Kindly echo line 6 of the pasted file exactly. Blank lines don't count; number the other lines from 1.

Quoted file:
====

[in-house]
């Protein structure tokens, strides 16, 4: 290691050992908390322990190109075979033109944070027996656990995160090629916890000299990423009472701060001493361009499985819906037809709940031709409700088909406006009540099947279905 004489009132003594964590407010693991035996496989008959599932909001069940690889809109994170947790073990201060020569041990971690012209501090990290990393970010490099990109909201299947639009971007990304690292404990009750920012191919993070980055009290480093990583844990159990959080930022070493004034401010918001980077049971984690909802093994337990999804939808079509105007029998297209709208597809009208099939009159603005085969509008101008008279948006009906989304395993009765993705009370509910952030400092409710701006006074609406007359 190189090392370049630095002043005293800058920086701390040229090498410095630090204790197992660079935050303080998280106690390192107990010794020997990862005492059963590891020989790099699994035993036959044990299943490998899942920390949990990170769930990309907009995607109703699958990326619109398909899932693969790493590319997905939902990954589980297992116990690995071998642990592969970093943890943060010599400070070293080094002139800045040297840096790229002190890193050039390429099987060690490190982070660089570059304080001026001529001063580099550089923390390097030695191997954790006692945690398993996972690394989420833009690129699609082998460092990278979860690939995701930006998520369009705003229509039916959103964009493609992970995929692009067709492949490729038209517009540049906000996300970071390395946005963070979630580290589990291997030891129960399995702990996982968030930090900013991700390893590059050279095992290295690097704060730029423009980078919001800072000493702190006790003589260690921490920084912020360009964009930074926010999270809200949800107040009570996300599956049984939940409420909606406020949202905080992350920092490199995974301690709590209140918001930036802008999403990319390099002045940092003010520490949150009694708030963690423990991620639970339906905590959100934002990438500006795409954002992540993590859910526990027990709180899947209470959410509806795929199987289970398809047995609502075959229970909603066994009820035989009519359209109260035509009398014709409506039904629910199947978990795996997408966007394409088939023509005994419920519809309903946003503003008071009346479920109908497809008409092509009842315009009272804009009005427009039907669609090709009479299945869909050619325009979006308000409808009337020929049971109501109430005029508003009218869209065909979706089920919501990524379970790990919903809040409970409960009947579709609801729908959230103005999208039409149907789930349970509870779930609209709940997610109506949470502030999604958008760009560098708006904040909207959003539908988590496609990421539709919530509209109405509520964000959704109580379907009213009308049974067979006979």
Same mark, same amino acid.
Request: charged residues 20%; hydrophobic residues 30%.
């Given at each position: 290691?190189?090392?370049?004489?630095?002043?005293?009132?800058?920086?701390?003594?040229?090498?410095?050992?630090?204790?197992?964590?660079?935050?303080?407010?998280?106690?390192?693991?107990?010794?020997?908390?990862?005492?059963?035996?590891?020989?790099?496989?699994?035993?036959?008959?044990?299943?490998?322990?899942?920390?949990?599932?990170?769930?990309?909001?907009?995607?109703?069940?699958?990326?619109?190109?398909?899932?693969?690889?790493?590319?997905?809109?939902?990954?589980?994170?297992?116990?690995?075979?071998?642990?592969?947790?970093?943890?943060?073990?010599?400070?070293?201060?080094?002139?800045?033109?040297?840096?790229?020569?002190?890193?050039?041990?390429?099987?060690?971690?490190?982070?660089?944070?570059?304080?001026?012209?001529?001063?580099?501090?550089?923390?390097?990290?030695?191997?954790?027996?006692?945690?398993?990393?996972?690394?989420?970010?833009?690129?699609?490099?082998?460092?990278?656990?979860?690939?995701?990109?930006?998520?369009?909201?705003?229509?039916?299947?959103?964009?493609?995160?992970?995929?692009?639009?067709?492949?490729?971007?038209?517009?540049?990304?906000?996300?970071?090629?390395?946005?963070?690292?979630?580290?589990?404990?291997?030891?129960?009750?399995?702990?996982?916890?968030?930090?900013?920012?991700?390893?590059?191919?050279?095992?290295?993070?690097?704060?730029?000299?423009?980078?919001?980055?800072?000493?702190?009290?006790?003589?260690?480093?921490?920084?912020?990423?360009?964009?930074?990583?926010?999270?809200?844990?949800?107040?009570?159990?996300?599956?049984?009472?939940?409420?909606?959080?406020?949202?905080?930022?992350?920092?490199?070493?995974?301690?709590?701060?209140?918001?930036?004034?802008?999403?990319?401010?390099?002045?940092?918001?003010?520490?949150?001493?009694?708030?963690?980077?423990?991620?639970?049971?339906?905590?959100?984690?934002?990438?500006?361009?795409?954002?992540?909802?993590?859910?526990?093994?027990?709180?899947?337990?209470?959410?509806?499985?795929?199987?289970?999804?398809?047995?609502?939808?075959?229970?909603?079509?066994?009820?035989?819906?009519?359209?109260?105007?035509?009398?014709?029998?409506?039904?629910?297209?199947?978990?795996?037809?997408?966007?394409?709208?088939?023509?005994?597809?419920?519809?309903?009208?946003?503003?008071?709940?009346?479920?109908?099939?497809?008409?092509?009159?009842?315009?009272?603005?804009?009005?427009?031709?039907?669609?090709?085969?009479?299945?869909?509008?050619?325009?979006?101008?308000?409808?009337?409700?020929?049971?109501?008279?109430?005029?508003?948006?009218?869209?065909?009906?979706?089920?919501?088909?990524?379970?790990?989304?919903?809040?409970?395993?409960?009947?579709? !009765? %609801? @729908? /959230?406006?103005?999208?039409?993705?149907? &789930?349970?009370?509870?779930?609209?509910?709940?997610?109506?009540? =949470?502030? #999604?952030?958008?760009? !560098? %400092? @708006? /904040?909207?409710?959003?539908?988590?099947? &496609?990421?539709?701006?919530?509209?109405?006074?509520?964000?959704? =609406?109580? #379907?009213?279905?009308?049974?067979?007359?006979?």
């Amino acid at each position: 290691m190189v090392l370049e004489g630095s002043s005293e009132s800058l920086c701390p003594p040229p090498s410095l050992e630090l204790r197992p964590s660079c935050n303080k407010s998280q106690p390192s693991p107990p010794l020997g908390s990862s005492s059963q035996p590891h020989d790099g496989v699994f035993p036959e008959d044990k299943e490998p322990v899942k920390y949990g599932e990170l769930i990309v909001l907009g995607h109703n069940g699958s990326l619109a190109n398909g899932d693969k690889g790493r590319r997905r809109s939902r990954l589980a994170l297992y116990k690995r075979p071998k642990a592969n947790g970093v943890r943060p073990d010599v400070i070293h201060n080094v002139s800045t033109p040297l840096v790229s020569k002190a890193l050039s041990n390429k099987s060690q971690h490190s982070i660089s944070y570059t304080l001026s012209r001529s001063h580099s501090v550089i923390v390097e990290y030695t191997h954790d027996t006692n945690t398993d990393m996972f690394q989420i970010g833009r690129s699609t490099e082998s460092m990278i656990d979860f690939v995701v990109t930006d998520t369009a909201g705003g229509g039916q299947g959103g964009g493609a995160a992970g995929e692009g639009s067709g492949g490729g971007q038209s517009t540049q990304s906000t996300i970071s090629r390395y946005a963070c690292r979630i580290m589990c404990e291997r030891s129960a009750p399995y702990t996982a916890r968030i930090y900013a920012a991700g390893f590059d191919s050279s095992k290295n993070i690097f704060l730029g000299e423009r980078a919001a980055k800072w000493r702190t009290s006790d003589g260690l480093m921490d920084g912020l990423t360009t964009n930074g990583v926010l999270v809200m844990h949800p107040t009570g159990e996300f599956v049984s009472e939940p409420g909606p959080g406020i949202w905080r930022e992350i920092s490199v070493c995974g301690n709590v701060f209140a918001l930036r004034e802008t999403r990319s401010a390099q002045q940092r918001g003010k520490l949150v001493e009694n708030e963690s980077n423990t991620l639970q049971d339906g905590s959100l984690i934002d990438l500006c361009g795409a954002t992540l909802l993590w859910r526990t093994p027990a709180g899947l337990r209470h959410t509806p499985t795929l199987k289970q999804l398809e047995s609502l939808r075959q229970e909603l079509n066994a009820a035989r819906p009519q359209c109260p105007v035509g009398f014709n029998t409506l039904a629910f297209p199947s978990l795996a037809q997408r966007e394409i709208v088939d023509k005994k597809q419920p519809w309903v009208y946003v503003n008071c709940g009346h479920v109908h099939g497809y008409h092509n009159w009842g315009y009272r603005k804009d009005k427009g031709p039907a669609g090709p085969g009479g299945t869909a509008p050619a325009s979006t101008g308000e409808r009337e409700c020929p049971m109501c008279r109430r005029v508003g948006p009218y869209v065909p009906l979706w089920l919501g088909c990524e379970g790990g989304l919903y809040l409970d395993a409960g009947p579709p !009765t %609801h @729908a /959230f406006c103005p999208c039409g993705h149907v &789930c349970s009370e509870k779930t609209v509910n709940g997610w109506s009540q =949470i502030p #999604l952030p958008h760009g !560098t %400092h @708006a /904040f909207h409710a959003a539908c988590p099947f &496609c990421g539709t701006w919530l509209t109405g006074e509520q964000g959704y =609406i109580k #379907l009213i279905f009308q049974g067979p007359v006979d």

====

């Amino acid at each position: 290691m190189v090392l370049e004489g630095s002043s005293e009132s800058l920086c701390p003594p040229p090498s410095l050992e630090l204790r197992p964590s660079c935050n303080k407010s998280q106690p390192s693991p107990p010794l020997g908390s990862s005492s059963q035996p590891h020989d790099g496989v699994f035993p036959e008959d044990k299943e490998p322990v899942k920390y949990g599932e990170l769930i990309v909001l907009g995607h109703n069940g699958s990326l619109a190109n398909g899932d693969k690889g790493r590319r997905r809109s939902r990954l589980a994170l297992y116990k690995r075979p071998k642990a592969n947790g970093v943890r943060p073990d010599v400070i070293h201060n080094v002139s800045t033109p040297l840096v790229s020569k002190a890193l050039s041990n390429k099987s060690q971690h490190s982070i660089s944070y570059t304080l001026s012209r001529s001063h580099s501090v550089i923390v390097e990290y030695t191997h954790d027996t006692n945690t398993d990393m996972f690394q989420i970010g833009r690129s699609t490099e082998s460092m990278i656990d979860f690939v995701v990109t930006d998520t369009a909201g705003g229509g039916q299947g959103g964009g493609a995160a992970g995929e692009g639009s067709g492949g490729g971007q038209s517009t540049q990304s906000t996300i970071s090629r390395y946005a963070c690292r979630i580290m589990c404990e291997r030891s129960a009750p399995y702990t996982a916890r968030i930090y900013a920012a991700g390893f590059d191919s050279s095992k290295n993070i690097f704060l730029g000299e423009r980078a919001a980055k800072w000493r702190t009290s006790d003589g260690l480093m921490d920084g912020l990423t360009t964009n930074g990583v926010l999270v809200m844990h949800p107040t009570g159990e996300f599956v049984s009472e939940p409420g909606p959080g406020i949202w905080r930022e992350i920092s490199v070493c995974g301690n709590v701060f209140a918001l930036r004034e802008t999403r990319s401010a390099q002045q940092r918001g003010k520490l949150v001493e009694n708030e963690s980077n423990t991620l639970q049971d339906g905590s959100l984690i934002d990438l500006c361009g795409a954002t992540l909802l993590w859910r526990t093994p027990a709180g899947l337990r209470h959410t509806p499985t795929l199987k289970q999804l398809e047995s609502l939808r075959q229970e909603l079509n066994a009820a035989r819906p009519q359209c109260p105007v035509g009398f014709n029998t409506l039904a629910f297209p199947s978990l795996a037809q997408r966007e394409i709208v088939d023509k005994k597809q419920p519809w309903v009208y946003v503003n008071c709940g009346h479920v109908h099939g497809y008409h092509n009159w009842g315009y009272r603005k804009d009005k427009g031709p039907a669609g090709p085969g009479g299945t869909a509008p050619a325009s979006t101008g308000e409808r009337e409700c020929p049971m109501c008279r109430r005029v508003g948006p009218y869209v065909p009906l979706w089920l919501g088909c990524e379970g790990g989304l919903y809040l409970d395993a409960g009947p579709p !009765t %609801h @729908a /959230f406006c103005p999208c039409g993705h149907v &789930c349970s009370e509870k779930t609209v509910n709940g997610w109506s009540q =949470i502030p #999604l952030p958008h760009g !560098t %400092h @708006a /904040f909207h409710a959003a539908c988590p099947f &496609c990421g539709t701006w919530l509209t109405g006074e509520q964000g959704y =609406i109580k #379907l009213i279905f009308q049974g067979p007359v006979d």